So Tired of the SAME Arguments

Rant warning! 😉

Here we go again. Someone inside the Christian publishing industry, in this case novelist Eric Wilson, is upset with Christian fiction. The issues seem to be the following:

  • content that doesn’t deal with such things as doubts, depression, sexual and financial issues, addiction, and disease
  • placement of Christian fiction in a Christian section
  • influence and parameters have narrowed
  • moneychangers are stepping in and the Spirit is moving out
  • viewed as a “safe” alternative instead of a vibrant, world-changing entity
  • not as “raw” as the Bible

Besides the fact that most of these criticisms are OLD, they also aren’t true. Perhaps they once described Christian fiction. Not any more.

Although Eric says he has reviewed and endorsed hundreds of novels in the last decade, I wonder if he’s read them. I haven’t read hundreds, but I’ve read books with sex outside of marriage, adultery, attempted rape, babies out of wedlock, slavery, drug use, a Wiccan character, a failed seminary student, a depressed and worried Church volunteer, dealing with Alzheimer disease, death of a child, an autistic character, creation scientist working in secular lab, cloning, and more. Raw. Real life.

Rather than “narrowing the parameters,” in the last decade, publishers have clearly expanded them. Granted, because of the economy—and the digital revolution—publishers are understandably cautious and unwilling to take abnormal risks right now. But I don’t see this hiccup as representative of a long term pattern that will reverse the previous nine years of change.

Which brings up the “moneychangers” issue. Last week, Mike Duran addressed the charge of greed among publishers in his article “Should ‘Profit’ Be the Bottom Line for Christian Publishers?” For whatever reason, we seem to have the idea that the book business should operate like a ministry rather than a business. Why? Perhaps because of the Christian content in our books. But the last I checked, many of the Christian imprints are owned by secular companies, so the idea of “ministry” is a foreign concept to the parent responsible for oversight.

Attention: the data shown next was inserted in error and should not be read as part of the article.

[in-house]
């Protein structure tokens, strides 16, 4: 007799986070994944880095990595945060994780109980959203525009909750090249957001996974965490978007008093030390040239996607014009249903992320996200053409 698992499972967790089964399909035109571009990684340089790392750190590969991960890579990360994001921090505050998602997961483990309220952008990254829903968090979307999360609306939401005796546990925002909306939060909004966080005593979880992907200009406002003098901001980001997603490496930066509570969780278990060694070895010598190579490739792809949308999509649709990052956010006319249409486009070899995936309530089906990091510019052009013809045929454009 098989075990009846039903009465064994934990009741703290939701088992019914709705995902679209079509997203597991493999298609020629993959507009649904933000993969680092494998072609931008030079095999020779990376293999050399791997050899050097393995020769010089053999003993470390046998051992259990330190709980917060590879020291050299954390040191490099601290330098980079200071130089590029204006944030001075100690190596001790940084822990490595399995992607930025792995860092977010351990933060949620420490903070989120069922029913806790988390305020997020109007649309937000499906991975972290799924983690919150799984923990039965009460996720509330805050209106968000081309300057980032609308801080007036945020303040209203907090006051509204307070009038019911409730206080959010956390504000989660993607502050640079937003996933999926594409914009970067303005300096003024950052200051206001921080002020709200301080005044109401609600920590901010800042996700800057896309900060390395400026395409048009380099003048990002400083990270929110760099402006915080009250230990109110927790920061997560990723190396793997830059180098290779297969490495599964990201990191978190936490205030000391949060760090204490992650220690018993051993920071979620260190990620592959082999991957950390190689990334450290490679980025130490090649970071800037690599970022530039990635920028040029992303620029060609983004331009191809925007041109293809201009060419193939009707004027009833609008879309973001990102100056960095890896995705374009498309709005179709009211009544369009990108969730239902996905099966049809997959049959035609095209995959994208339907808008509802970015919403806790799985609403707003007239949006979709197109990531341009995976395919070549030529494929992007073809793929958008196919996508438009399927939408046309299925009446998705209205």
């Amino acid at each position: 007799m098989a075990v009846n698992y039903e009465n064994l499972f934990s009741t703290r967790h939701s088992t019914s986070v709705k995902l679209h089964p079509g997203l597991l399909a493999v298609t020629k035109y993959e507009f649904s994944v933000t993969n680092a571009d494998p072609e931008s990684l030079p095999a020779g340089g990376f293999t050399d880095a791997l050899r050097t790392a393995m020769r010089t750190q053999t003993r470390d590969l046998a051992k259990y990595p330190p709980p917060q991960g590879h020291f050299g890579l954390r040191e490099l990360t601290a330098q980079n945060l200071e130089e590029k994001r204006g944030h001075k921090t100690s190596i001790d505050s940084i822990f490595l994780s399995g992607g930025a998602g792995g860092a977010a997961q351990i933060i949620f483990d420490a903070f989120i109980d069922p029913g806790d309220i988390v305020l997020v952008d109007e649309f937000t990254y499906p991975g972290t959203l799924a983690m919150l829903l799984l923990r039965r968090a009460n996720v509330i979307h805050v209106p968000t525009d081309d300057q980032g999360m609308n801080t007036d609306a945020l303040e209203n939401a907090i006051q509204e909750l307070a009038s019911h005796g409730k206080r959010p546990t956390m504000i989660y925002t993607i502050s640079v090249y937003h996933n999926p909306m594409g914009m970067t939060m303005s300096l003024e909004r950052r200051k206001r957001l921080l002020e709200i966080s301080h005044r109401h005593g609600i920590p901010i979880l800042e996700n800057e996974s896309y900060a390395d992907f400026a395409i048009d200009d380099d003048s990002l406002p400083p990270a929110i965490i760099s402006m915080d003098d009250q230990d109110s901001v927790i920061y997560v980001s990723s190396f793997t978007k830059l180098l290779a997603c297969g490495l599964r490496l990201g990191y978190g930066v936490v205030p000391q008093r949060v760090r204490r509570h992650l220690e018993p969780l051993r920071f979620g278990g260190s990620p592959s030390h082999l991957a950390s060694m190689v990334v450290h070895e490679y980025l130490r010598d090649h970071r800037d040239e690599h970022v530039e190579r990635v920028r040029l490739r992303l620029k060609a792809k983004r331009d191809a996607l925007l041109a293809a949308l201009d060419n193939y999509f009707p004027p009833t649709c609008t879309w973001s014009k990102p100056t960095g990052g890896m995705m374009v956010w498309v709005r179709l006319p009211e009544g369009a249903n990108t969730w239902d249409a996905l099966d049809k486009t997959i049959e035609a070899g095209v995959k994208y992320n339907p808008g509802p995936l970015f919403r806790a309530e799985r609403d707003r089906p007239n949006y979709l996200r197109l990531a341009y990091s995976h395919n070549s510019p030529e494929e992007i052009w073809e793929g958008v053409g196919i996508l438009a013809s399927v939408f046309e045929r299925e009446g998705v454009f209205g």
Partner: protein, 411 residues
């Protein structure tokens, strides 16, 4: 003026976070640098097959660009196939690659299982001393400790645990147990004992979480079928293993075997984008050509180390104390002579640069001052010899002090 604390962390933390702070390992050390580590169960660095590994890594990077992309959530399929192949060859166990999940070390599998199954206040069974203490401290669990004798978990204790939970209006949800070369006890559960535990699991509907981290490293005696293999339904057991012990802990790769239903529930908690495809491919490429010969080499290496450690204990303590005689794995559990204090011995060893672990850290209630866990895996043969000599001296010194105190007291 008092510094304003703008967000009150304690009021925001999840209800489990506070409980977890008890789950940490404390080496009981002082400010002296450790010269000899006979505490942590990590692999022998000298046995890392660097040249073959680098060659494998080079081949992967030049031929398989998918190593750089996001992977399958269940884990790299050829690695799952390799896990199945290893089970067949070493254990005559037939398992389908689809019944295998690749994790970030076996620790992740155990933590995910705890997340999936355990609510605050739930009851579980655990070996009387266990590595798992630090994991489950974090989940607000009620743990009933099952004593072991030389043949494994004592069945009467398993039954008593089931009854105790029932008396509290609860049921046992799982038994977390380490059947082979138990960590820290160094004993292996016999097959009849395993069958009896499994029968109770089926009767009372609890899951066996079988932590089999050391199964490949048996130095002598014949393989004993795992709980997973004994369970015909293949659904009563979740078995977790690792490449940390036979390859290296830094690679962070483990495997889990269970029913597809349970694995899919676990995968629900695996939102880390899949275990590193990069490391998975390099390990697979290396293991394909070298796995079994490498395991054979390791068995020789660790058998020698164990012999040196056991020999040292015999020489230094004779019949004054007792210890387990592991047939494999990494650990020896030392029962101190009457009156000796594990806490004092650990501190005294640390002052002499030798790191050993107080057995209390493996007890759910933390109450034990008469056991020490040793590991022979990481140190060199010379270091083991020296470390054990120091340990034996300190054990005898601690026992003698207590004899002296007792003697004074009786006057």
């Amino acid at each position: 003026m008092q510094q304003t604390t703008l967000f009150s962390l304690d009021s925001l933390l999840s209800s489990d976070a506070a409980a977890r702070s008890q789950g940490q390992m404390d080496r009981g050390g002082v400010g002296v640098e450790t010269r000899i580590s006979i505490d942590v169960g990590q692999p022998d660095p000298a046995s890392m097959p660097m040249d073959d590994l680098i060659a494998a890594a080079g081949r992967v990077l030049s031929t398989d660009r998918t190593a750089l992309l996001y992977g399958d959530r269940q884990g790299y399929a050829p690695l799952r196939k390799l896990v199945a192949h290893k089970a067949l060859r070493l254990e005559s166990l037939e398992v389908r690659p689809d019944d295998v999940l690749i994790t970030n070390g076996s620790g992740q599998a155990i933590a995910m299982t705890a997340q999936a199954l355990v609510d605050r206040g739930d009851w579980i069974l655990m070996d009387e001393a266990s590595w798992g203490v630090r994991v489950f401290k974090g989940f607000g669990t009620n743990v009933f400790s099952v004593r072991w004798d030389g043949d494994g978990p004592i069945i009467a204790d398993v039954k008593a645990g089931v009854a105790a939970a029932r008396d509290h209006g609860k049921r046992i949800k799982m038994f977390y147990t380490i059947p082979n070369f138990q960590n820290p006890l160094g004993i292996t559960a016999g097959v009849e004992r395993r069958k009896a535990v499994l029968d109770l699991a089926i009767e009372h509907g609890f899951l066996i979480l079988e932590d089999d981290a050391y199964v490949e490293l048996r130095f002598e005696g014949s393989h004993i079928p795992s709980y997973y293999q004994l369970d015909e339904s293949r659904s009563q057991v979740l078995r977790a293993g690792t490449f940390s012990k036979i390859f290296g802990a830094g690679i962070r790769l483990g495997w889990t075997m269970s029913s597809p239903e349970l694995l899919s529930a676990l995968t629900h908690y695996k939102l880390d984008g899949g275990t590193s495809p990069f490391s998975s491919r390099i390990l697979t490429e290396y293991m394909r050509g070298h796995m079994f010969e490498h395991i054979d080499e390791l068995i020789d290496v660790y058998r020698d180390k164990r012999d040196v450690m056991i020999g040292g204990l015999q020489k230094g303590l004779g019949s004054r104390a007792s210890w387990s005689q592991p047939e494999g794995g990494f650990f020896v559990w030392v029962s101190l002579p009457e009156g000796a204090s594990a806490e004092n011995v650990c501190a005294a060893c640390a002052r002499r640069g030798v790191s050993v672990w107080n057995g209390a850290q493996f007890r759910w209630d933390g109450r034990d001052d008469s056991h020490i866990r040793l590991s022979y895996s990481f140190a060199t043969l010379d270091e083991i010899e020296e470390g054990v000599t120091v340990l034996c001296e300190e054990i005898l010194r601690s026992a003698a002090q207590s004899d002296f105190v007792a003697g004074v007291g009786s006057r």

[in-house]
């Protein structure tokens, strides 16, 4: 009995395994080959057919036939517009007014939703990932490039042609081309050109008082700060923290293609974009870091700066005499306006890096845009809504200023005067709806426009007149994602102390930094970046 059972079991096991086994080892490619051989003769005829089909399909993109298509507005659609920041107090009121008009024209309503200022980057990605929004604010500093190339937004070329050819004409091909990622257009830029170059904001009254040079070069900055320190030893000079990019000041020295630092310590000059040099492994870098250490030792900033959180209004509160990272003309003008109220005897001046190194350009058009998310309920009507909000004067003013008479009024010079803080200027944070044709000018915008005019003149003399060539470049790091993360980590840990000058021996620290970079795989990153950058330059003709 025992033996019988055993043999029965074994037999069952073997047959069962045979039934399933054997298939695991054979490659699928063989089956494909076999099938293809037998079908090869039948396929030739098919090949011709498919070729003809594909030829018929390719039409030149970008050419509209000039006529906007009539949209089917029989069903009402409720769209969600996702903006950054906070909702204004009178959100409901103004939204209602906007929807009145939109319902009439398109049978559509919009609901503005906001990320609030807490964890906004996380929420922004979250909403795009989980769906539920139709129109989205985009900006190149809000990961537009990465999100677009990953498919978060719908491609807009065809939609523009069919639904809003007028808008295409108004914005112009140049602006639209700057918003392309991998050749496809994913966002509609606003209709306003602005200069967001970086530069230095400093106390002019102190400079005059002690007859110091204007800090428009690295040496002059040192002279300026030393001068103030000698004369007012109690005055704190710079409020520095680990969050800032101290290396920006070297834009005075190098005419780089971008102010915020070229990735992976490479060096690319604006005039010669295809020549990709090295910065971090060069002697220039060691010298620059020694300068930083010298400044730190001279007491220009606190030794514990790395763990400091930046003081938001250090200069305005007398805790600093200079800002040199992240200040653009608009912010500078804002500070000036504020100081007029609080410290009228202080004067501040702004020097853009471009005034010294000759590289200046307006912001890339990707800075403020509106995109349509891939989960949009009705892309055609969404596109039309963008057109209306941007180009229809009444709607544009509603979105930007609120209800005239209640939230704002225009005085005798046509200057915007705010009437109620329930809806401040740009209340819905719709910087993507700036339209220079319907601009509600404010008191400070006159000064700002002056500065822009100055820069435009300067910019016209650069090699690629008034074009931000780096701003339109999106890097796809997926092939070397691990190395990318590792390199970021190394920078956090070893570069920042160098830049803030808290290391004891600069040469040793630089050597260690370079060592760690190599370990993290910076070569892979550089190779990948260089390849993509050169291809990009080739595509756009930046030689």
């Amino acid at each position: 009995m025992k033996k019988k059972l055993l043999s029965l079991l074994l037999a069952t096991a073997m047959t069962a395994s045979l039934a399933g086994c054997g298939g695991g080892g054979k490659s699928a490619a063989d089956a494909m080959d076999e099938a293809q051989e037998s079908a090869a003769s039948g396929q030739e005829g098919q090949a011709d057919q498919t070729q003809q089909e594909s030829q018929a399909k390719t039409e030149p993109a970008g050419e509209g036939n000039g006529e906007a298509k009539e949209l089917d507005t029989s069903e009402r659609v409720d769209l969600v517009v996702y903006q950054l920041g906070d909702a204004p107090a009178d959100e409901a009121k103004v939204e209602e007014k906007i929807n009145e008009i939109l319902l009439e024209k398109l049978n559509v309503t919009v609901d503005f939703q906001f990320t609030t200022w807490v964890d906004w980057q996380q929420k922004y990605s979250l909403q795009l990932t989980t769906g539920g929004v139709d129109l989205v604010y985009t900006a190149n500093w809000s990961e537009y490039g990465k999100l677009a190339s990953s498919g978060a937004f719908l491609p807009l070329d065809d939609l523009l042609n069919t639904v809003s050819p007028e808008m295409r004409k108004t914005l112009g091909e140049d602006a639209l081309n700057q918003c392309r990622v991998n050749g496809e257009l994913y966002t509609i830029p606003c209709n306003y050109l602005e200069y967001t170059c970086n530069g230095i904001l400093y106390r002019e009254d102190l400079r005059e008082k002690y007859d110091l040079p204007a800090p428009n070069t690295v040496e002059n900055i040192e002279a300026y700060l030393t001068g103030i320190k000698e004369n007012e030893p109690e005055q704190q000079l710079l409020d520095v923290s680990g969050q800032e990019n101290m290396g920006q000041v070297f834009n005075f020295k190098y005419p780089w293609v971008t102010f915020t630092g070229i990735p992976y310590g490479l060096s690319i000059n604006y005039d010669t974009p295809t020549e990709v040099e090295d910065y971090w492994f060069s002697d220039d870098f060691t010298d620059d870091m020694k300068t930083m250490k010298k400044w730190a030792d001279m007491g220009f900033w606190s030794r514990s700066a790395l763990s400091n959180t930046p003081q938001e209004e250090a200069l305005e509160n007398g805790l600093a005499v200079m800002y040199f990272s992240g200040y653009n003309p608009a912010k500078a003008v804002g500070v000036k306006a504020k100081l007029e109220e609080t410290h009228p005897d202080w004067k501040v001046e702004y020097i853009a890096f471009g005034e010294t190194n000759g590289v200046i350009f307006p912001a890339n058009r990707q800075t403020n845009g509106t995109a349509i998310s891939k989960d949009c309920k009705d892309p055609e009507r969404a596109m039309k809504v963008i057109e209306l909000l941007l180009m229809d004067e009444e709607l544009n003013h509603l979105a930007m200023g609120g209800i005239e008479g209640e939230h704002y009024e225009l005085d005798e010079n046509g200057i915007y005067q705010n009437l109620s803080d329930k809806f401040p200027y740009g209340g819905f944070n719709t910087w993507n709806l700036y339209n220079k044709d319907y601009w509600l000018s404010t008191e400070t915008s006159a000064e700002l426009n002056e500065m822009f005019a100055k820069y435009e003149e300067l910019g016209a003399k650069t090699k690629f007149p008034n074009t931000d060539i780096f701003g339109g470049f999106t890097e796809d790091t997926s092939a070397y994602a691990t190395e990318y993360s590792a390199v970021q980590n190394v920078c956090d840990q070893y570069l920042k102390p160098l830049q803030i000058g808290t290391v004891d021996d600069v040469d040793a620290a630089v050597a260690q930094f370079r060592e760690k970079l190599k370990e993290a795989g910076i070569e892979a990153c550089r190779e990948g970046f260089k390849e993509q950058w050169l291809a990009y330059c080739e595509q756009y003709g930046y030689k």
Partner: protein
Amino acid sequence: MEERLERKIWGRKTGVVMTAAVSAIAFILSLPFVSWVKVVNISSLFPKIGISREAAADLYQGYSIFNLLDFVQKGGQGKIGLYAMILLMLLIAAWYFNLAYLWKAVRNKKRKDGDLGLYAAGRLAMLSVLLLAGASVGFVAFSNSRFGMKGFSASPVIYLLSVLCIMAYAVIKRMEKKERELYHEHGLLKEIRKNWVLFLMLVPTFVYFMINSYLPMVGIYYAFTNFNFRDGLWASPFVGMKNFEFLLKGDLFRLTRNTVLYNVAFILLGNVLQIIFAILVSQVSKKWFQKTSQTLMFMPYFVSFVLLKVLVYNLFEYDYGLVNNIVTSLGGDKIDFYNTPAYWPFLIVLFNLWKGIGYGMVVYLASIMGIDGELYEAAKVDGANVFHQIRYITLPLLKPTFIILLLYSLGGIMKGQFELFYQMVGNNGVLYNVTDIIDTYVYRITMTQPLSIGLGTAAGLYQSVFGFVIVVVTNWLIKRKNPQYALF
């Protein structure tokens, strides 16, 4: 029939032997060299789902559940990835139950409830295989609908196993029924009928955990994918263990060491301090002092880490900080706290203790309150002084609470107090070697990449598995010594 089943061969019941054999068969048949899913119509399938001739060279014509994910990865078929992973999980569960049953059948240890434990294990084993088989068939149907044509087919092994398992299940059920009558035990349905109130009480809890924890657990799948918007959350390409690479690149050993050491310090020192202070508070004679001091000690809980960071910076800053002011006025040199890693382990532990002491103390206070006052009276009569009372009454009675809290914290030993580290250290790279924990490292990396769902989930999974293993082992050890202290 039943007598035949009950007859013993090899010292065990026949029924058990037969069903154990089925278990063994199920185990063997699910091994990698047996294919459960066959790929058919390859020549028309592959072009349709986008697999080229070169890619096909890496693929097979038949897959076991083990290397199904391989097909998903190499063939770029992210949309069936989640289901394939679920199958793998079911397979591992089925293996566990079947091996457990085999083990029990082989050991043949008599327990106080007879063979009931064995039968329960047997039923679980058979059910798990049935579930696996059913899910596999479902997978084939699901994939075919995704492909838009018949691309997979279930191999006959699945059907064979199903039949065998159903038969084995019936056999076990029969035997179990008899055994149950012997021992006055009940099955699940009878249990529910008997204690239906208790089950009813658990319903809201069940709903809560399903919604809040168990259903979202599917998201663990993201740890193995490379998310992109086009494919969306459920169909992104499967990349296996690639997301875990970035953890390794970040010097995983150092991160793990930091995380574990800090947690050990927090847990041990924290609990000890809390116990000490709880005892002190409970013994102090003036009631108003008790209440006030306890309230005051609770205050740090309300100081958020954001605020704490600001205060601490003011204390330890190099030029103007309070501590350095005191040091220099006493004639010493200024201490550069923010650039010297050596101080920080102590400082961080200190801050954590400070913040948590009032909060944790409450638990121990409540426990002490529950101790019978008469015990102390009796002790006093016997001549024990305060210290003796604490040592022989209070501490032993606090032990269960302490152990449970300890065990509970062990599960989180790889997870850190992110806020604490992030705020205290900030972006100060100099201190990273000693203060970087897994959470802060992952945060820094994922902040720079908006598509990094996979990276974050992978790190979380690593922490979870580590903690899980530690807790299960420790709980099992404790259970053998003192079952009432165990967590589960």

I know many Christian editors and others in the firing lines who do look at their work as a calling, as do many novelists. However, we are still involved in a business where enough money needs to be made to keep paying employees and pass along a profit to the investors. Just like every other business.

As to placement of Christian fiction in Christian sections of book stores, or in Christian stores, we’re talking about something out of the control of the book sellers AND something that some of those working in the industry have tried (are trying?) to change. This complaint is going to the wrong people. Write a letter to the Barnes & Noble book buyers instead.

As to the “safe” alternative, instead of vibrant, world-changing entities, why can’t we have both? Why do “raw” books have to drag readers into the gutter to get a point across? Is a book more artistic because it deals with the seamy in a seamy way?

I’ve read some beautifully written fiction, some thought-provoking stories that have PG writing. Why must we conclude that R-rated work is better?

And this final idea, that the Bible is more raw and real than our fiction. No. The Bible gives narrative summary. It never takes the reader into Rahab’s bedroom and shows her selling her body. It tells us she was a prostitute. We know what that means, so the Bible doesn’t need to paint the scene.

One final point that came out in comments to Mike Duran’s post on this issue over at Novel Journey—something new, at last. Eric apparently is looking for support as he leaves Christian publishing and looks to find a general market house.

I’m not quite sure what kind of support he has in mind, but I do think we can come along side writers no matter where they are being published—small press, general market, Christian houses, self-published. We should be praying for each other, mentoring, encouraging, consoling, admonishing, promoting, endorsing, reviewing—whatever is needed, as we are able.

The Christian life is not a solo flight. We are in this together. Maybe it’s worth regurgitating the well-digested topics of yesteryear just to reach that final point.

Published in: on July 26, 2010 at 6:02 pm  Comments (82)  
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